Ed. note: Have a question for next week? Send it in to [email protected].

Dear ATL,

I’m an in-house attorney at a large company. I used to be an associate at a big law firm, but was a stealth layoff victim and had little contact with the firm after that (and I’ll admit, I’m still somewhat bitter about the layoff). My current employer still works with my former firm sometimes, though the firm didn’t do anything to help me get my current position.

Recently, the firm realized that (1) I once worked there, and (2) I now work at a client. However, they failed to remember why or how I left, and thus have been contacting me as a firm “alumnus” to invite me to client and industry-type things, as well as firm events.

How should I respond to this attention, especially since I’m in a relatively small legal community, and my bosses do have some relationship with the firm?

– Memento

Dear Memento,

People seem to have online amnesia these days. You can be sworn enemies with someone in real life, but somehow it’s perfectly natural to want to add them on Facebook. Just had a soul-crushing breakup with an asshat? Start monitoring your inbox for his LinkedIn request. It’s really unbelievable. Some people just don’t understand that grudges are for life, and they’re held offline and online…

But unlike social media connection requests from people you despise, the law firms that contact alumni know not what they do. Your firm doesn’t have some advanced Mixed Up Files of Mrs. Basil E. Frankweiler filing system whereby they labeled your layoff “poor performance” as a pretext and then wrote in invisible ink “stealth layoff – follow-up if individual secures lucrative job elsewhere.” They threw your file and the files of all the other attorneys who have left since dinosaurs roamed the earth into a single spreadsheet labeled “Potential New Business.” The executive committee doesn’t tag each individual entry with helpful labels like “Passed Over For Partner,” “Sent Passive Aggressive Departure Email,” or “Violent Exit Interview,” so poor marketing is left with a fistful of firm anniversary invitations and party horns and a spreadsheet filled with lawyers wielding pitchforks and blowtorches.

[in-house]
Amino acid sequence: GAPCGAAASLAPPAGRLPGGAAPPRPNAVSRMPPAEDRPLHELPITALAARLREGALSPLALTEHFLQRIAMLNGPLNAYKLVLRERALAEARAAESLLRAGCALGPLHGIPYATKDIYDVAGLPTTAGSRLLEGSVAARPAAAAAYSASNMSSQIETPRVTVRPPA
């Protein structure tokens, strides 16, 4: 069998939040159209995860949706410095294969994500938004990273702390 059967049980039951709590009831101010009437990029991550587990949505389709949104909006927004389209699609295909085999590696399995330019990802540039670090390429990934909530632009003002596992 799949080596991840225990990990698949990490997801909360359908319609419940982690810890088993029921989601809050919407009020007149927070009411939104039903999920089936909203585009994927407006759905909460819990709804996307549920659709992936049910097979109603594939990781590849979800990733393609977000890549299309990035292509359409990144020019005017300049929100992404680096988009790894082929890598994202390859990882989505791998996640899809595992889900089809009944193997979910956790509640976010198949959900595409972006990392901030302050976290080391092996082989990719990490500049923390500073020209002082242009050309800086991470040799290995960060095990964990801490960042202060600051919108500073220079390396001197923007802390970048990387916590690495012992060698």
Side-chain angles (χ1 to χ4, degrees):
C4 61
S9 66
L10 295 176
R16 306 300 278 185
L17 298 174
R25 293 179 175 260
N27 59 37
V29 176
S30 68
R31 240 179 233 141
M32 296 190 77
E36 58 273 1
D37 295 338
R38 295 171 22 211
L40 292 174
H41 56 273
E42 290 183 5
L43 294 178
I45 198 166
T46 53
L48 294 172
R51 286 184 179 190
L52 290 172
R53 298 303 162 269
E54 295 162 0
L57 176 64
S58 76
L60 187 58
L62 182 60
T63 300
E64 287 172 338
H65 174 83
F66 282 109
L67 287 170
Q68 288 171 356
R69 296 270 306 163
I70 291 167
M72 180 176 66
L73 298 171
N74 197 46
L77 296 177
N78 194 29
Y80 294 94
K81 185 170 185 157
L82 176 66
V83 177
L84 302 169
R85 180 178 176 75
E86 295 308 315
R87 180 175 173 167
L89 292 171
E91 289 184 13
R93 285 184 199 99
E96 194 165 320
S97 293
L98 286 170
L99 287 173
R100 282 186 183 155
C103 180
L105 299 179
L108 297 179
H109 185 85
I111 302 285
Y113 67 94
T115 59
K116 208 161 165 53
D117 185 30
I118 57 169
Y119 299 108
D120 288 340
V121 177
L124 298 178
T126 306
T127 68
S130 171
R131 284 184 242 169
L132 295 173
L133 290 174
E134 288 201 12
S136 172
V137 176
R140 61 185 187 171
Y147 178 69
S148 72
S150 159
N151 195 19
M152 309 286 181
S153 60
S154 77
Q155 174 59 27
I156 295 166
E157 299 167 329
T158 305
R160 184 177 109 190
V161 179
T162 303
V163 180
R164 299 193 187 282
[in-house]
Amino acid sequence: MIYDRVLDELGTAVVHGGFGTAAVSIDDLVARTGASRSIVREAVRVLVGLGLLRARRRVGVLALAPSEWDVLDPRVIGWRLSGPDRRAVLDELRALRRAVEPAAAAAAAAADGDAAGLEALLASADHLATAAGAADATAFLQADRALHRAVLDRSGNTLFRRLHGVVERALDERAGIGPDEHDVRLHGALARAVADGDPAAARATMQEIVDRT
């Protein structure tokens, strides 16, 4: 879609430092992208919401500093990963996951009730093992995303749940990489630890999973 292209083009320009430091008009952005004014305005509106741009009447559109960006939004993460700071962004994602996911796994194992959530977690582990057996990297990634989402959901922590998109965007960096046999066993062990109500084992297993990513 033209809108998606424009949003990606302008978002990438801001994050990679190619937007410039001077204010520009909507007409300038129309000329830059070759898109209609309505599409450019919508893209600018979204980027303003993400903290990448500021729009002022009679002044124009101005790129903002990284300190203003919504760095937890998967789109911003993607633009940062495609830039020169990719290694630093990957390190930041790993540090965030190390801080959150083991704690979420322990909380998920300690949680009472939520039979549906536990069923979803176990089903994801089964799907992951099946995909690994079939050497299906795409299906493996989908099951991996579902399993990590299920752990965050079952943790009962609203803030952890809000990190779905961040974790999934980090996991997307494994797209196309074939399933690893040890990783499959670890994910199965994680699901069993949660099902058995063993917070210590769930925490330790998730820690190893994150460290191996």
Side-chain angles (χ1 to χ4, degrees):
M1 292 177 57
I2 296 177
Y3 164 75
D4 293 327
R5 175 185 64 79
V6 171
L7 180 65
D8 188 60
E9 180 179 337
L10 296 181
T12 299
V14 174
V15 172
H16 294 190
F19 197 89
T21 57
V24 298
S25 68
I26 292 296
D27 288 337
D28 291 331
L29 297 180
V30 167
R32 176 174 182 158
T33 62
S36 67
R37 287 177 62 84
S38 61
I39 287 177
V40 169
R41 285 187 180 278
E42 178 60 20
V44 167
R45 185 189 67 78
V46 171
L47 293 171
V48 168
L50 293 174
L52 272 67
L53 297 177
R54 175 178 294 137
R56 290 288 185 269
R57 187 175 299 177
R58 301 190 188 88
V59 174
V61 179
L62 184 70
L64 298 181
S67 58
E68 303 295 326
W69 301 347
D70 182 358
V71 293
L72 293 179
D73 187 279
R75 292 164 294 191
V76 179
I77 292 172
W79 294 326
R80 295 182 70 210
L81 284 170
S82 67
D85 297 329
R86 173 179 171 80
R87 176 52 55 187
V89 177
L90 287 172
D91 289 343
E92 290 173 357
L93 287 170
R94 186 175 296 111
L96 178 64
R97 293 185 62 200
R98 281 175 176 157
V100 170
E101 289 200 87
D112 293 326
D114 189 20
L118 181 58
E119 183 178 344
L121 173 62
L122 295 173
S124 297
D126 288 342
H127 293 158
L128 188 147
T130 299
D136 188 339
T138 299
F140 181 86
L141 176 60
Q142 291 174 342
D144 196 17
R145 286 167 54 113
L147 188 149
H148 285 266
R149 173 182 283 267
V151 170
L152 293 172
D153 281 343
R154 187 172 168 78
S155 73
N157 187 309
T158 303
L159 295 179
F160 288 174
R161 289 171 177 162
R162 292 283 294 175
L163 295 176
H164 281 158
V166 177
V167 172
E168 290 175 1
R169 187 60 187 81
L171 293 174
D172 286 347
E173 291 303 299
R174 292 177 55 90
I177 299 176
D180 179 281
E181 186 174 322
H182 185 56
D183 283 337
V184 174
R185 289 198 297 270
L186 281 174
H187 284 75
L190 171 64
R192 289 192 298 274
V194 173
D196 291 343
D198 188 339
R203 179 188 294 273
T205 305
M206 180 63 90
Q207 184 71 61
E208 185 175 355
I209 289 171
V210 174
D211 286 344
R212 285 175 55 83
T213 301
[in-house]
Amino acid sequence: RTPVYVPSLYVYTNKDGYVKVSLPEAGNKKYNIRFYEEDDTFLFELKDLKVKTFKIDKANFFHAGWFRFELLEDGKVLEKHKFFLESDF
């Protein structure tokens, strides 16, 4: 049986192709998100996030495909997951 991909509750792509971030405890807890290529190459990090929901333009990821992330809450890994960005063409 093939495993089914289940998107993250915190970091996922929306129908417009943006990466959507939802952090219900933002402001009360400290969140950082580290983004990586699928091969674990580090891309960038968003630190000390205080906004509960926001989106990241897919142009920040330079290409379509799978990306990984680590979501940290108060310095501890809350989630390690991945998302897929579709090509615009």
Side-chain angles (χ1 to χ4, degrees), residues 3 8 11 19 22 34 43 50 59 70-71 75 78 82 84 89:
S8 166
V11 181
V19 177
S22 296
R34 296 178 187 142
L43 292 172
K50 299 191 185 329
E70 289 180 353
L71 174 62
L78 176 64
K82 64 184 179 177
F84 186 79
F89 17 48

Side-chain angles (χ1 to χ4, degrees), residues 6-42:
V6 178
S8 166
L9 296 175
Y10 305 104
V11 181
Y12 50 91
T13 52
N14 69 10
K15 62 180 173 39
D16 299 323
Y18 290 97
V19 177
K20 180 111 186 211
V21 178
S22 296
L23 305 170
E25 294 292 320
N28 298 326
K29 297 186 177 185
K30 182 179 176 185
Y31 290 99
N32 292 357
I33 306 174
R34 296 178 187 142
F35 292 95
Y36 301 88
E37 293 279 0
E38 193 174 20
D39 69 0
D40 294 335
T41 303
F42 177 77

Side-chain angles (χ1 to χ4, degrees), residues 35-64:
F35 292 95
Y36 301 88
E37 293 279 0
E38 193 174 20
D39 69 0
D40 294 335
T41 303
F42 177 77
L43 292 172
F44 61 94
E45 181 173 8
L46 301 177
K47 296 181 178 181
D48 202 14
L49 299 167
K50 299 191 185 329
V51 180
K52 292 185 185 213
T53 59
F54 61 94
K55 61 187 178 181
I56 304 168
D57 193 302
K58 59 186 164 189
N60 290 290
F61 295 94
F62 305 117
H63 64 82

So, crap data is how you got these invitations, but now that you have them, RUN WITH THEM. The tables have turned, my friend, and you’re living the laid-off lawyer’s ultimate revenge fantasy. As such, it is your duty to attend each and every firm event and stay until you’ve made everyone extremely uncomfortable. Then you should go home, pour yourself a glass of wine, and send an email from your work account asking them to turn a draft by morning.

I hope this helps.

Your friend,

Marin

You’re dealing with one of the most insensitive realities of working in major corporate America. When you needed your firm to treat you like a person instead of an easily replaceable cog, they downsized you without even remembering your name.

Now that there’s even a small chance that you can help them, they’re all over your jock. What’s bothersome isn’t that they don’t care that they laid you off once… it’s that they don’t remember that they laid you off once.

How should you handle it? Well, following Marin’s advice is certainly the wise and adult course of action. It’s not personal, it’s business. Go to the events, hobnob, glad hand with those who fired you.

It’s okay to forgive, but you never have to forget. Do you know who screwed you? Do you know their names? This what you can do with your new found fortune: start on a course of action that will lead you to screwing that guy over once and for all.

Because revenge is fun. Much more fun than they say in self-help books. Do you know how you’re going to feel when the partner responsible for your layoff loses business because of you? You’ll feel like Inigo Montoya after he kills the six-fingered man, only better because it won’t be a fairy tale.

Don’t let Richard Nixon ruin the fun of having an enemies list for the rest of us. If you can identify the people who have caused you harm in a directed, non-paranoid fashion, and then have vengeance upon them, life is good. Life is great.

Trust me. Smile and smile but be a villain. When the time is right, you’ll know what to do.

MONTRESOR

Ed. note: Have a question for next week? Send it in to [email protected].

Earlier: Prior editions of Pls Hndle Thx


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